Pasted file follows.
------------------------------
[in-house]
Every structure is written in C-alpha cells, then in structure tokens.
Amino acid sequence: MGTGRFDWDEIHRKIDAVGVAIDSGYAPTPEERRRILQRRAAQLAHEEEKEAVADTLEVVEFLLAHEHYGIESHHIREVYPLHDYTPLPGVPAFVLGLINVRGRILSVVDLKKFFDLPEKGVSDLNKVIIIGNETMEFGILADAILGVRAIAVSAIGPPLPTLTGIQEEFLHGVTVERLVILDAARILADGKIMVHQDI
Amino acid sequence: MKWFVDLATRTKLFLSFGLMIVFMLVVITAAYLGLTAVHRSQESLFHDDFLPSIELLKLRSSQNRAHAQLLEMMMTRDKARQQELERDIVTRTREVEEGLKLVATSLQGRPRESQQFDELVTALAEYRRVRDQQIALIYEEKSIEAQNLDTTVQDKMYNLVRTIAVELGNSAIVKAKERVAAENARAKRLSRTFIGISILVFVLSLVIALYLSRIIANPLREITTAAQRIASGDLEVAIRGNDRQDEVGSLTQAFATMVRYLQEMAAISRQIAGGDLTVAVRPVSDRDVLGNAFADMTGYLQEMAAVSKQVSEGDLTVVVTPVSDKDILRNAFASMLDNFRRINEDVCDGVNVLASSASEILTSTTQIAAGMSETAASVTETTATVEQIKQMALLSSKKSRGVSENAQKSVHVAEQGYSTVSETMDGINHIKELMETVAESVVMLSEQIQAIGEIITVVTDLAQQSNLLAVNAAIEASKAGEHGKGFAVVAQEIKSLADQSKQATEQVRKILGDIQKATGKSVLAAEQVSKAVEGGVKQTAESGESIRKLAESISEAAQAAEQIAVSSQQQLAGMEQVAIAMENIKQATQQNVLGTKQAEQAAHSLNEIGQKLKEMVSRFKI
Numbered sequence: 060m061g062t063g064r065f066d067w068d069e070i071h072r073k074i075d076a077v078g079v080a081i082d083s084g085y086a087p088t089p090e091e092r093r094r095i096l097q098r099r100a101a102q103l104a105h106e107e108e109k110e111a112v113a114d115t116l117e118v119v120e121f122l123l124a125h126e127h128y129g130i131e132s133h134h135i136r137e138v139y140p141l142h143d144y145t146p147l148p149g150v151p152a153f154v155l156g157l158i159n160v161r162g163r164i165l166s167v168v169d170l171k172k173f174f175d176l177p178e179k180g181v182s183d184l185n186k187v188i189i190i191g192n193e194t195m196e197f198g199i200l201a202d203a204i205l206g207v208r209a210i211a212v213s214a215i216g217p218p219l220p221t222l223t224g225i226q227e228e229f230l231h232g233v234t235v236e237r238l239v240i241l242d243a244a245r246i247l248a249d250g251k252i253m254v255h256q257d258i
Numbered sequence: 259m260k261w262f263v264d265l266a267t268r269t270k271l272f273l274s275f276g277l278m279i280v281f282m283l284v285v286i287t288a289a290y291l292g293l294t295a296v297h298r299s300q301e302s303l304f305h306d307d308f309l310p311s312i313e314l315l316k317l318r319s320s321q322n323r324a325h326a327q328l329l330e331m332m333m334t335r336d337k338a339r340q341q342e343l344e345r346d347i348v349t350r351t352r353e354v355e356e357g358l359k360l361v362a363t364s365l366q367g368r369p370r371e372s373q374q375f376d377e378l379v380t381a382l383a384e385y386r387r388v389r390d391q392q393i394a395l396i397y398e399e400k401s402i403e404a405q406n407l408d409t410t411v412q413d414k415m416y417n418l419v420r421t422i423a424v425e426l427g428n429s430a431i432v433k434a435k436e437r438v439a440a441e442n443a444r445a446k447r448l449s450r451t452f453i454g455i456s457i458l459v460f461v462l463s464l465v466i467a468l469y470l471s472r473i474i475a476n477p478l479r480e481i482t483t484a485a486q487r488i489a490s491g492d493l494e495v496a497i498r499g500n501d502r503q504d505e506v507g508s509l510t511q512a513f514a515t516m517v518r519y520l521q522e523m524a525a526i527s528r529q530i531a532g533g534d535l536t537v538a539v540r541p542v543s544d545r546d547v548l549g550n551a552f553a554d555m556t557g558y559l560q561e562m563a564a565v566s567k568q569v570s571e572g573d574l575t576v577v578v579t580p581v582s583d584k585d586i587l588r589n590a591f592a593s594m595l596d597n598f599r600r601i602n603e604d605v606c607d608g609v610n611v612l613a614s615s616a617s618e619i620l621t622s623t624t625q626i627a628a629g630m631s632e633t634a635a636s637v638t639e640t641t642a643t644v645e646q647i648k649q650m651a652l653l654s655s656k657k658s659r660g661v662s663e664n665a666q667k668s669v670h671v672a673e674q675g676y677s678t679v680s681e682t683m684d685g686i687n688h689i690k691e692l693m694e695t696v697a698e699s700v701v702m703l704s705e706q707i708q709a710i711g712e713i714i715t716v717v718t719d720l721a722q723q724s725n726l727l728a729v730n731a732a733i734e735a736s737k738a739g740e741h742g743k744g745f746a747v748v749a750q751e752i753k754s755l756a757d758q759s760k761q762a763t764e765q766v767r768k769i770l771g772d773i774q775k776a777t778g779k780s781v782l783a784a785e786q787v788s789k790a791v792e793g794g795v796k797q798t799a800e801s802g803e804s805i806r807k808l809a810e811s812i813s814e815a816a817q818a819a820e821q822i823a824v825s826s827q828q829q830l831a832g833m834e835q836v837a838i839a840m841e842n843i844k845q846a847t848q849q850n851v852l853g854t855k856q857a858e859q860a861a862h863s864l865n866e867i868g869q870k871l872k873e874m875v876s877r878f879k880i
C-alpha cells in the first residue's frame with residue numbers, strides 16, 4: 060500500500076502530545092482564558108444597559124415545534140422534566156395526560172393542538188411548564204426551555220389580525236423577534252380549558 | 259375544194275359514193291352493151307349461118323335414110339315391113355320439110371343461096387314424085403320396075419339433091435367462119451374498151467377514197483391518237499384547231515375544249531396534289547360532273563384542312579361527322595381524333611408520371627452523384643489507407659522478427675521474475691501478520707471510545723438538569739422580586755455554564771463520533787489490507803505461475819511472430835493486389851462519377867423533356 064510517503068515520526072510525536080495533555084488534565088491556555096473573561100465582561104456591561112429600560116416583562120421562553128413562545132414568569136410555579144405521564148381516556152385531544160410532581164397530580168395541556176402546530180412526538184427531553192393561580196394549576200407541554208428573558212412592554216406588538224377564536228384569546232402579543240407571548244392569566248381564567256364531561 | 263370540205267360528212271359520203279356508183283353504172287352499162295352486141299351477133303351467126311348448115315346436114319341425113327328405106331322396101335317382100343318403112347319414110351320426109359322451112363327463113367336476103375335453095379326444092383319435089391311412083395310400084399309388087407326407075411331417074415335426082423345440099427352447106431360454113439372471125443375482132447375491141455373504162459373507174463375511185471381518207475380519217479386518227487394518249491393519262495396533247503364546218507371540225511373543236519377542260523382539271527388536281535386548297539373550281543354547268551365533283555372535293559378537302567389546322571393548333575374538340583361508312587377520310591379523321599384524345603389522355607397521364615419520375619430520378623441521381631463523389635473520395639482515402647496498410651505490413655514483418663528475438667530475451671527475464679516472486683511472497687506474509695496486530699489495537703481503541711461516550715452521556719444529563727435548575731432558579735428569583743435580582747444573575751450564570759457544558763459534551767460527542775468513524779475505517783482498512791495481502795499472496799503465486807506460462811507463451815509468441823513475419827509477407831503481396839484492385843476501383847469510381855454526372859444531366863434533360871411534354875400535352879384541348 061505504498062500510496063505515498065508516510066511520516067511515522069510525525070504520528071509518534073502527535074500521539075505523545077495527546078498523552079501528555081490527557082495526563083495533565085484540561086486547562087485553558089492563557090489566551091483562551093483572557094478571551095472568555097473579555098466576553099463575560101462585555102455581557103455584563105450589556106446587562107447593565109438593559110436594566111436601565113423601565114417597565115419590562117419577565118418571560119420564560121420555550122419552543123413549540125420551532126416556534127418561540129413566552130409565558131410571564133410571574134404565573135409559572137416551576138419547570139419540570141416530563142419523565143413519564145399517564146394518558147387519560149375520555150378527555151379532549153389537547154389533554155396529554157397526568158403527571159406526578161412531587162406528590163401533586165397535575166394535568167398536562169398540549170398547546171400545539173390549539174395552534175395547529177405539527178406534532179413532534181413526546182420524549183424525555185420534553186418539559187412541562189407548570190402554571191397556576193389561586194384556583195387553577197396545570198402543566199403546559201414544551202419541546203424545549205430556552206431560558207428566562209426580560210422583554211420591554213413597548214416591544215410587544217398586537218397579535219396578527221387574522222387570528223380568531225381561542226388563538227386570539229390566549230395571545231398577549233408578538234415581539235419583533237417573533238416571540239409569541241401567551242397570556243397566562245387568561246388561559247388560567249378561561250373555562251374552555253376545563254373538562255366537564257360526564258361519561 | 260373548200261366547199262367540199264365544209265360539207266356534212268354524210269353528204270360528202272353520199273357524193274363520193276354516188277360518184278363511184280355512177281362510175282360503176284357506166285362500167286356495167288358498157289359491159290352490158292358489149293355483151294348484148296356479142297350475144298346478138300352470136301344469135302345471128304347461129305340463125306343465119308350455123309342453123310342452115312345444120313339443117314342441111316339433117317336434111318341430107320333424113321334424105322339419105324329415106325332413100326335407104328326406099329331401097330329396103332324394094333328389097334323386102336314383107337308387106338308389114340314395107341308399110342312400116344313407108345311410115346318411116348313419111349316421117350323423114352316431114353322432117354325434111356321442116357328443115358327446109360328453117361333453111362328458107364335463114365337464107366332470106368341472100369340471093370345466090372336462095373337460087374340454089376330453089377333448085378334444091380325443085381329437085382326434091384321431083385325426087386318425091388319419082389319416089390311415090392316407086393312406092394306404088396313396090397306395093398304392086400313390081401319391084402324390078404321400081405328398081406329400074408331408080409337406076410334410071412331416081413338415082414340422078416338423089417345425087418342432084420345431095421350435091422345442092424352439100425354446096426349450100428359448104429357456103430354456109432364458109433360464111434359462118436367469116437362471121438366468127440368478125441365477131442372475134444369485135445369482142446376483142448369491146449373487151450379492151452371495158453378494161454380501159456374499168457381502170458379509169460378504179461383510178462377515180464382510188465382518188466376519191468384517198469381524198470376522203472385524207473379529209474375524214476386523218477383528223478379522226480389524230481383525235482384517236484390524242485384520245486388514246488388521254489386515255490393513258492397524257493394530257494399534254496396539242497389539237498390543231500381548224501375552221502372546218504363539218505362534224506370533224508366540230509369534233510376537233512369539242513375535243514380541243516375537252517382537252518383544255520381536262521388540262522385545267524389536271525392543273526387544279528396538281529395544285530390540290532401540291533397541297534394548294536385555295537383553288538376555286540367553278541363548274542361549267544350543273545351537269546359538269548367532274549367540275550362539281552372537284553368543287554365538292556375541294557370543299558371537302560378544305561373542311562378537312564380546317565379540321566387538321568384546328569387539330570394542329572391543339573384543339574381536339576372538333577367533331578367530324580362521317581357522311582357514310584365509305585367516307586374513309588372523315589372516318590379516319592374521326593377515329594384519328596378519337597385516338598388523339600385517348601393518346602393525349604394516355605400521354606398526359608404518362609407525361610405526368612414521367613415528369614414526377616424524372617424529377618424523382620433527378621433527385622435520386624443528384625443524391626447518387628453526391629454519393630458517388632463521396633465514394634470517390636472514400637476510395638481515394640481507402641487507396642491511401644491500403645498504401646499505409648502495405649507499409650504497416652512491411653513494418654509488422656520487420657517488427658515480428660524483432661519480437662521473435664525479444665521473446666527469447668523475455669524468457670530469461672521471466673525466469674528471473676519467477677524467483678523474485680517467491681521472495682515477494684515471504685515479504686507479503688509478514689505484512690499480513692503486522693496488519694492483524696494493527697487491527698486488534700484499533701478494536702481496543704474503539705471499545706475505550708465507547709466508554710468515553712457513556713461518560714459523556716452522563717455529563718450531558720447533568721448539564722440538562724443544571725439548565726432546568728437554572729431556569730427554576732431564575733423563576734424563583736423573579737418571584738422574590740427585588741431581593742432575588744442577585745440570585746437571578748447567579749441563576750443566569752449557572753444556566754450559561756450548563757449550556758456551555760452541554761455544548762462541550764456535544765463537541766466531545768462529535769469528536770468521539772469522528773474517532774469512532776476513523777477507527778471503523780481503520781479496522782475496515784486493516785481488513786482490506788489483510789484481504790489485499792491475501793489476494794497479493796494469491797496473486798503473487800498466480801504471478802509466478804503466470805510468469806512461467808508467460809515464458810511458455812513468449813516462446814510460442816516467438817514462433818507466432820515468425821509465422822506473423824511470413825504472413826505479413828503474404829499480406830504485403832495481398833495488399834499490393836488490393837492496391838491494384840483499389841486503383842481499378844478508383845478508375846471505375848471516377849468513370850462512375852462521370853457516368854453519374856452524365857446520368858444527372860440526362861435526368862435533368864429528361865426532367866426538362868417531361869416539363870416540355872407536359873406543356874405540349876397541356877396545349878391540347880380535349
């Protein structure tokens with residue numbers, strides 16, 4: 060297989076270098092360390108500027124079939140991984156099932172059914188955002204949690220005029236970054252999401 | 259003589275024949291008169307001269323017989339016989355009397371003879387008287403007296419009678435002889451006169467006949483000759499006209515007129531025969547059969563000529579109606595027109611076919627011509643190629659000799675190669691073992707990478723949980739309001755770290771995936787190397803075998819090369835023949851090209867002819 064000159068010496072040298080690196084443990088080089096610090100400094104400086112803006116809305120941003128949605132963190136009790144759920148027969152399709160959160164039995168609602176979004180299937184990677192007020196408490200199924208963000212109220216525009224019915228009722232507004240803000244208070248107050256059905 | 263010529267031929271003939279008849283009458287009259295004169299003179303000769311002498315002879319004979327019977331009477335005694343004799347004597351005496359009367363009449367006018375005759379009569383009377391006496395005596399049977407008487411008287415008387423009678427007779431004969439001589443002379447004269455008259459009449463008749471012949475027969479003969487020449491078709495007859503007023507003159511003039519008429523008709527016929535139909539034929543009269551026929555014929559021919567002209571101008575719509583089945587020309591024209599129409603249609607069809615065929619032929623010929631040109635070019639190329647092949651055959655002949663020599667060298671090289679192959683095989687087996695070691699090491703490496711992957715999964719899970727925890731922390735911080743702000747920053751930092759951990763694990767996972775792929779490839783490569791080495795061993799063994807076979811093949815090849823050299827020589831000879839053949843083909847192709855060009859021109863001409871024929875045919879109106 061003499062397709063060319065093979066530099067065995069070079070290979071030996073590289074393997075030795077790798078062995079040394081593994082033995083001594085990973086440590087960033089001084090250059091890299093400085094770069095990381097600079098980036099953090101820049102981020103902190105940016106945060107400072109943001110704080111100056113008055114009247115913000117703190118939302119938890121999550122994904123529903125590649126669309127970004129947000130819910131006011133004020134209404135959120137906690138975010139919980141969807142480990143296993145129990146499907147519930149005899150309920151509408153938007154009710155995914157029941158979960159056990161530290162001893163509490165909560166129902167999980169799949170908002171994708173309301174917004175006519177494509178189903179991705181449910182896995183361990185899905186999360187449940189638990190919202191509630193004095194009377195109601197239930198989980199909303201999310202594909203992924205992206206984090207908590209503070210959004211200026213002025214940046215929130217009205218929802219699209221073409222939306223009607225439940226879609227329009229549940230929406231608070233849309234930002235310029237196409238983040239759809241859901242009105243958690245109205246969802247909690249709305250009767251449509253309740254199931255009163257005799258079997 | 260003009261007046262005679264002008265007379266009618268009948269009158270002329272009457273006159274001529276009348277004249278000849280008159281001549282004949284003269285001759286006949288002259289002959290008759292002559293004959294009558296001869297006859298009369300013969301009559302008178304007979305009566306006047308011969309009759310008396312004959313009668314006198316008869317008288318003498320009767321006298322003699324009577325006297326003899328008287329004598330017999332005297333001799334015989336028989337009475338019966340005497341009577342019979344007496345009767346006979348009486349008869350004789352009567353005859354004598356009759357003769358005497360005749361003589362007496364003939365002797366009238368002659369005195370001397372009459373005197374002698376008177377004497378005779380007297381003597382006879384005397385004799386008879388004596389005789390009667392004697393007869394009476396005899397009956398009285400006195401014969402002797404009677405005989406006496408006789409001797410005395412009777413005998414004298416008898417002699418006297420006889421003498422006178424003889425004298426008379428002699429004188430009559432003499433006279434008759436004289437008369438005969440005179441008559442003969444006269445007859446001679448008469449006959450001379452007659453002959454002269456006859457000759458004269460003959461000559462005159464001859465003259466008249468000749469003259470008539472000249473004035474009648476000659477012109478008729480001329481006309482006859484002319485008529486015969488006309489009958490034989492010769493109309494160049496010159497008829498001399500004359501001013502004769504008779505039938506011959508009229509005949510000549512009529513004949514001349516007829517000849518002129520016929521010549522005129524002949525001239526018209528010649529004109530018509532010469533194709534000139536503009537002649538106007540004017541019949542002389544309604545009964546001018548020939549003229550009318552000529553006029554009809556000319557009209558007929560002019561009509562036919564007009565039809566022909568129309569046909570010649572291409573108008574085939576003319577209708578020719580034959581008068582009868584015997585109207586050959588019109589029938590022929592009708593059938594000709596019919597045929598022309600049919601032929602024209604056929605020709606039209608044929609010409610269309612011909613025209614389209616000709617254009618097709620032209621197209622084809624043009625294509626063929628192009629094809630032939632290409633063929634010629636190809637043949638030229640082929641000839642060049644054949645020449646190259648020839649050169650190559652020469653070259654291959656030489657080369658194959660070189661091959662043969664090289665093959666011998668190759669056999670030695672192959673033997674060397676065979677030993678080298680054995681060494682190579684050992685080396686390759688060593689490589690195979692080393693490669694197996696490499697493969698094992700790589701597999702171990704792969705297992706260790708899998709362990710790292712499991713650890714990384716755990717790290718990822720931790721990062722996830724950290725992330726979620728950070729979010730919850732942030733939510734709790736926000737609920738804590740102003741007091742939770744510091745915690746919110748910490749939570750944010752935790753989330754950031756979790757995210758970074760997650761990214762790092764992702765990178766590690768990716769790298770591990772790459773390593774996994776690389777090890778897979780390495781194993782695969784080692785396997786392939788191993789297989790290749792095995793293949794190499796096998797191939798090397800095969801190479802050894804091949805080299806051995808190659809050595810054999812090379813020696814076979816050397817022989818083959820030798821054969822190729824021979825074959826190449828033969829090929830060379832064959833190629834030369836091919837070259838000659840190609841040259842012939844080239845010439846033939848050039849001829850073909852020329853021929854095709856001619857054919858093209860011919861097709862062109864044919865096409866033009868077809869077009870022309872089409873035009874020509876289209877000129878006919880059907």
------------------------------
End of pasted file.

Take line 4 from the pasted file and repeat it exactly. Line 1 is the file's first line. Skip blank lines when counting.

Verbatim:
Amino acid sequence: MKWFVDLATRTKLFLSFGLMIVFMLVVITAAYLGLTAVHRSQESLFHDDFLPSIELLKLRSSQNRAHAQLLEMMMTRDKARQQELERDIVTRTREVEEGLKLVATSLQGRPRESQQFDELVTALAEYRRVRDQQIALIYEEKSIEAQNLDTTVQDKMYNLVRTIAVELGNSAIVKAKERVAAENARAKRLSRTFIGISILVFVLSLVIALYLSRIIANPLREITTAAQRIASGDLEVAIRGNDRQDEVGSLTQAFATMVRYLQEMAAISRQIAGGDLTVAVRPVSDRDVLGNAFADMTGYLQEMAAVSKQVSEGDLTVVVTPVSDKDILRNAFASMLDNFRRINEDVCDGVNVLASSASEILTSTTQIAAGMSETAASVTETTATVEQIKQMALLSSKKSRGVSENAQKSVHVAEQGYSTVSETMDGINHIKELMETVAESVVMLSEQIQAIGEIITVVTDLAQQSNLLAVNAAIEASKAGEHGKGFAVVAQEIKSLADQSKQATEQVRKILGDIQKATGKSVLAAEQVSKAVEGGVKQTAESGESIRKLAESISEAAQAAEQIAVSSQQQLAGMEQVAIAMENIKQATQQNVLGTKQAEQAAHSLNEIGQKLKEMVSRFKI